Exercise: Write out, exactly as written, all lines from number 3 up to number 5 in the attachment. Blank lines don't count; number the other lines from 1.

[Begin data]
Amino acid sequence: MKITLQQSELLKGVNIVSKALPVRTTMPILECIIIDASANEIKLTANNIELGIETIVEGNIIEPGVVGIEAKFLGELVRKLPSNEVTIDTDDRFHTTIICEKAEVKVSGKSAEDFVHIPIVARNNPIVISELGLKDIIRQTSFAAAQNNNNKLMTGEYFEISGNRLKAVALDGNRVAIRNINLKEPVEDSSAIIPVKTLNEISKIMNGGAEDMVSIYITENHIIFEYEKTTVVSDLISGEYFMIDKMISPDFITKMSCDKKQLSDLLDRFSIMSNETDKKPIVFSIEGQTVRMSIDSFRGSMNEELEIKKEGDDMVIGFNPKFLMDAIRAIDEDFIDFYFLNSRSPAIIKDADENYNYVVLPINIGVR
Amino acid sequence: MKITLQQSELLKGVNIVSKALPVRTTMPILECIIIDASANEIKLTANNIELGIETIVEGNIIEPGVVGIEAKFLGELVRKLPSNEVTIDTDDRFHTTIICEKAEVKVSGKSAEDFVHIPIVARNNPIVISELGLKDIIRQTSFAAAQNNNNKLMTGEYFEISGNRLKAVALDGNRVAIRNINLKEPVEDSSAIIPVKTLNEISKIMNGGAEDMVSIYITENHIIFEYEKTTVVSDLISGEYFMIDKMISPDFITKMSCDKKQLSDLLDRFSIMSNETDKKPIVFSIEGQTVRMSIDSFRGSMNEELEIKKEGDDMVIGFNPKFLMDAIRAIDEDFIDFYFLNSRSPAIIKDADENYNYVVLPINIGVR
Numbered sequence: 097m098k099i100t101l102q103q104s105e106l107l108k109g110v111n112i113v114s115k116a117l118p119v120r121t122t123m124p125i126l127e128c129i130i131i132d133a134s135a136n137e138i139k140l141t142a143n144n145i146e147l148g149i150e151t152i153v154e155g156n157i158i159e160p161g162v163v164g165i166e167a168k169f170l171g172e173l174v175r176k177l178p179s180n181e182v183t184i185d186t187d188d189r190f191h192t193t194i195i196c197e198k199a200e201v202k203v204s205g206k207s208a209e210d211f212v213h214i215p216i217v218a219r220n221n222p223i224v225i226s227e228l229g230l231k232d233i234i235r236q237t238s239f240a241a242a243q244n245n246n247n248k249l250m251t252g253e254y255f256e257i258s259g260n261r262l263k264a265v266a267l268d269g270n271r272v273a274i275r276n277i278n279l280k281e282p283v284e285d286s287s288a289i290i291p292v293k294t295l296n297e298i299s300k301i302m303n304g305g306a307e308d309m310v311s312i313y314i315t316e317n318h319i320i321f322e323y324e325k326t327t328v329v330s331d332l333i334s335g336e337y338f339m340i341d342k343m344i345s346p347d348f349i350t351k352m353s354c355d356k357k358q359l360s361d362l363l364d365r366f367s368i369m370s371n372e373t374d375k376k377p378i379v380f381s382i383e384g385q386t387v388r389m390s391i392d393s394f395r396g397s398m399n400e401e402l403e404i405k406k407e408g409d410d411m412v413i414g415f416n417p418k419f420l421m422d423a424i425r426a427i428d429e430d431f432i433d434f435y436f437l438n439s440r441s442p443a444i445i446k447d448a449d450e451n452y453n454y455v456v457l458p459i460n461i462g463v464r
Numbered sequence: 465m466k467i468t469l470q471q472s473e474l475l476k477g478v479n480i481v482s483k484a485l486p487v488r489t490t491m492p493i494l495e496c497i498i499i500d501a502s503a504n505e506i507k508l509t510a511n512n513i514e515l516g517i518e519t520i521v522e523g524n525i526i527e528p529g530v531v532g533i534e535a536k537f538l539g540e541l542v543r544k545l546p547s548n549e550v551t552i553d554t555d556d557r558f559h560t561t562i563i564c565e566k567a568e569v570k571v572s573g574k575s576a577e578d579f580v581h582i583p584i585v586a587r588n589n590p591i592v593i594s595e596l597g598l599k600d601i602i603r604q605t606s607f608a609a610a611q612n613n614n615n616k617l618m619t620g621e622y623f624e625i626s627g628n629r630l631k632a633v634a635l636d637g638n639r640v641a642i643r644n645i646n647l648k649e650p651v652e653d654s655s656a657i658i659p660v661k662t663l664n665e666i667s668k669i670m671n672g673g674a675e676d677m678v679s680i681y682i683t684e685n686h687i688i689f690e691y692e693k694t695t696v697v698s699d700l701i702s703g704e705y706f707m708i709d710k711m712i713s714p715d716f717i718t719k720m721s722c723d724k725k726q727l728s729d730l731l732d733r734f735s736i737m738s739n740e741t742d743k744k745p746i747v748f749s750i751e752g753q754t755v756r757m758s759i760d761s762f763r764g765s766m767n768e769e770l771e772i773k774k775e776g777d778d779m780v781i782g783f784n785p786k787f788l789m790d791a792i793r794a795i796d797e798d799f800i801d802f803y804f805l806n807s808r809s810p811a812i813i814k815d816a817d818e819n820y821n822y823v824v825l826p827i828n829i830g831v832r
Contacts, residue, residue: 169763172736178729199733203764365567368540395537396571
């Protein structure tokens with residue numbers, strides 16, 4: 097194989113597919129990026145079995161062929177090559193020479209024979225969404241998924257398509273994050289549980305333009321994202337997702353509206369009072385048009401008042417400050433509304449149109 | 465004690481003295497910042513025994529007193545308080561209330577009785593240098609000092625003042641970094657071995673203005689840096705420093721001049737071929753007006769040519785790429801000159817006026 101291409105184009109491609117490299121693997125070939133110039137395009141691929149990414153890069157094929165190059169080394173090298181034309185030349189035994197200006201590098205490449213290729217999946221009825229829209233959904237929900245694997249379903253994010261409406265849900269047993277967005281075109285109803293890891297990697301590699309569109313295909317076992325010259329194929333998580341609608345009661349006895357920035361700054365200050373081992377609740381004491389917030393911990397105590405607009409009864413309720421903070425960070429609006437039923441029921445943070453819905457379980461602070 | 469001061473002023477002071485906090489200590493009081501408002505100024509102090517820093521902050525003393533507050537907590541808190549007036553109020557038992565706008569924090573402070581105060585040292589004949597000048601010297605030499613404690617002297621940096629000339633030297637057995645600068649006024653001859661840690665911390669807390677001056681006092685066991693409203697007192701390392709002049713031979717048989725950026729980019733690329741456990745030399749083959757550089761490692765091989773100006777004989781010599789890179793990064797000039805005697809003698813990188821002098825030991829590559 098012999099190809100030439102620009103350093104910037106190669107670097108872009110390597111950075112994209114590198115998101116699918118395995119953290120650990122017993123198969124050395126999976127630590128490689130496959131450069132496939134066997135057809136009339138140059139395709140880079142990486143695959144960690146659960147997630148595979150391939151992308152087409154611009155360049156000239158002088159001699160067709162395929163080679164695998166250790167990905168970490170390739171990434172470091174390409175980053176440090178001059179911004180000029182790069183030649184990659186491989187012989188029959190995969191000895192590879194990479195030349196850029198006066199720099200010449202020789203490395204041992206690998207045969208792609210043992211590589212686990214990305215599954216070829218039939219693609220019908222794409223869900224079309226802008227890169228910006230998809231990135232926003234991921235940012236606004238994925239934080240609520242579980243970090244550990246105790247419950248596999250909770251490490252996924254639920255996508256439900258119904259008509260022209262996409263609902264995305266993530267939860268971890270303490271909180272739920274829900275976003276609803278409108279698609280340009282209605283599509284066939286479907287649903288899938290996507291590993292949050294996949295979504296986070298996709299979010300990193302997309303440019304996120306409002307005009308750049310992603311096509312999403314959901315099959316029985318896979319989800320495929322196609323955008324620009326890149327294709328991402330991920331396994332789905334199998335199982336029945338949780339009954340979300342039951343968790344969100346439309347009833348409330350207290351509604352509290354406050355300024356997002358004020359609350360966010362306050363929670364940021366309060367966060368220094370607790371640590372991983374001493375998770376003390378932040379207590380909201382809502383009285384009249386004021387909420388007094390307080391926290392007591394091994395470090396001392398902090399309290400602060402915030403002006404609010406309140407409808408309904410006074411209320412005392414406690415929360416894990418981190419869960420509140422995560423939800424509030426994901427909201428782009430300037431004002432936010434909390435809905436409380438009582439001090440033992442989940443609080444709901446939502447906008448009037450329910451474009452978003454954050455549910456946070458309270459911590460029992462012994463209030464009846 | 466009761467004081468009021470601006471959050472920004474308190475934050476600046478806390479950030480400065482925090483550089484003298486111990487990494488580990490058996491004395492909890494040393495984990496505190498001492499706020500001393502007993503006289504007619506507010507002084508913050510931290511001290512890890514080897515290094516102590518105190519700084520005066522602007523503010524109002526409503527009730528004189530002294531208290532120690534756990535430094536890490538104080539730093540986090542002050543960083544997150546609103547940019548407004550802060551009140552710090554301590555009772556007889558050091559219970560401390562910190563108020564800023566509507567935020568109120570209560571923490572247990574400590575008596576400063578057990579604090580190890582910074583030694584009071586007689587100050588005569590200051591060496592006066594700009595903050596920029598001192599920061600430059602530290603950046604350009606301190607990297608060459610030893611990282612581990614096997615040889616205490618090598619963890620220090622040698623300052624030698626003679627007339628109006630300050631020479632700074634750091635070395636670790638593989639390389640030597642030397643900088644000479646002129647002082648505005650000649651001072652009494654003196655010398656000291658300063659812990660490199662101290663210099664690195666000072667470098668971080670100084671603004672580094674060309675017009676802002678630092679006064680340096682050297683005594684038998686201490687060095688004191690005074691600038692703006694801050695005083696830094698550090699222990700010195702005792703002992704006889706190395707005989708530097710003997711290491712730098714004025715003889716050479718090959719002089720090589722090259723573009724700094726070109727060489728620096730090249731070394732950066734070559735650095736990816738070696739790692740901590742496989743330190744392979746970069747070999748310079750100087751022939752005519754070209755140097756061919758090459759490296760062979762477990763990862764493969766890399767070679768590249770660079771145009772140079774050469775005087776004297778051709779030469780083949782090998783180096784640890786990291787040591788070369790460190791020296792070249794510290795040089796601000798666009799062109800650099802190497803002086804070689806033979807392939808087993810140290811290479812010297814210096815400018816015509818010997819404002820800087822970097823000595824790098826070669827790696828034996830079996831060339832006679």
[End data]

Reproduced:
Numbered sequence: 097m098k099i100t101l102q103q104s105e106l107l108k109g110v111n112i113v114s115k116a117l118p119v120r121t122t123m124p125i126l127e128c129i130i131i132d133a134s135a136n137e138i139k140l141t142a143n144n145i146e147l148g149i150e151t152i153v154e155g156n157i158i159e160p161g162v163v164g165i166e167a168k169f170l171g172e173l174v175r176k177l178p179s180n181e182v183t184i185d186t187d188d189r190f191h192t193t194i195i196c197e198k199a200e201v202k203v204s205g206k207s208a209e210d211f212v213h214i215p216i217v218a219r220n221n222p223i224v225i226s227e228l229g230l231k232d233i234i235r236q237t238s239f240a241a242a243q244n245n246n247n248k249l250m251t252g253e254y255f256e257i258s259g260n261r262l263k264a265v266a267l268d269g270n271r272v273a274i275r276n277i278n279l280k281e282p283v284e285d286s287s288a289i290i291p292v293k294t295l296n297e298i299s300k301i302m303n304g305g306a307e308d309m310v311s312i313y314i315t316e317n318h319i320i321f322e323y324e325k326t327t328v329v330s331d332l333i334s335g336e337y338f339m340i341d342k343m344i345s346p347d348f349i350t351k352m353s354c355d356k357k358q359l360s361d362l363l364d365r366f367s368i369m370s371n372e373t374d375k376k377p378i379v380f381s382i383e384g385q386t387v388r389m390s391i392d393s394f395r396g397s398m399n400e401e402l403e404i405k406k407e408g409d410d411m412v413i414g415f416n417p418k419f420l421m422d423a424i425r426a427i428d429e430d431f432i433d434f435y436f437l438n439s440r441s442p443a444i445i446k447d448a449d450e451n452y453n454y455v456v457l458p459i460n461i462g463v464r
Numbered sequence: 465m466k467i468t469l470q471q472s473e474l475l476k477g478v479n480i481v482s483k484a485l486p487v488r489t490t491m492p493i494l495e496c497i498i499i500d501a502s503a504n505e506i507k508l509t510a511n512n513i514e515l516g517i518e519t520i521v522e523g524n525i526i527e528p529g530v531v532g533i534e535a536k537f538l539g540e541l542v543r544k545l546p547s548n549e550v551t552i553d554t555d556d557r558f559h560t561t562i563i564c565e566k567a568e569v570k571v572s573g574k575s576a577e578d579f580v581h582i583p584i585v586a587r588n589n590p591i592v593i594s595e596l597g598l599k600d601i602i603r604q605t606s607f608a609a610a611q612n613n614n615n616k617l618m619t620g621e622y623f624e625i626s627g628n629r630l631k632a633v634a635l636d637g638n639r640v641a642i643r644n645i646n647l648k649e650p651v652e653d654s655s656a657i658i659p660v661k662t663l664n665e666i667s668k669i670m671n672g673g674a675e676d677m678v679s680i681y682i683t684e685n686h687i688i689f690e691y692e693k694t695t696v697v698s699d700l701i702s703g704e705y706f707m708i709d710k711m712i713s714p715d716f717i718t719k720m721s722c723d724k725k726q727l728s729d730l731l732d733r734f735s736i737m738s739n740e741t742d743k744k745p746i747v748f749s750i751e752g753q754t755v756r757m758s759i760d761s762f763r764g765s766m767n768e769e770l771e772i773k774k775e776g777d778d779m780v781i782g783f784n785p786k787f788l789m790d791a792i793r794a795i796d797e798d799f800i801d802f803y804f805l806n807s808r809s810p811a812i813i814k815d816a817d818e819n820y821n822y823v824v825l826p827i828n829i830g831v832r
Contacts, residue, residue: 169763172736178729199733203764365567368540395537396571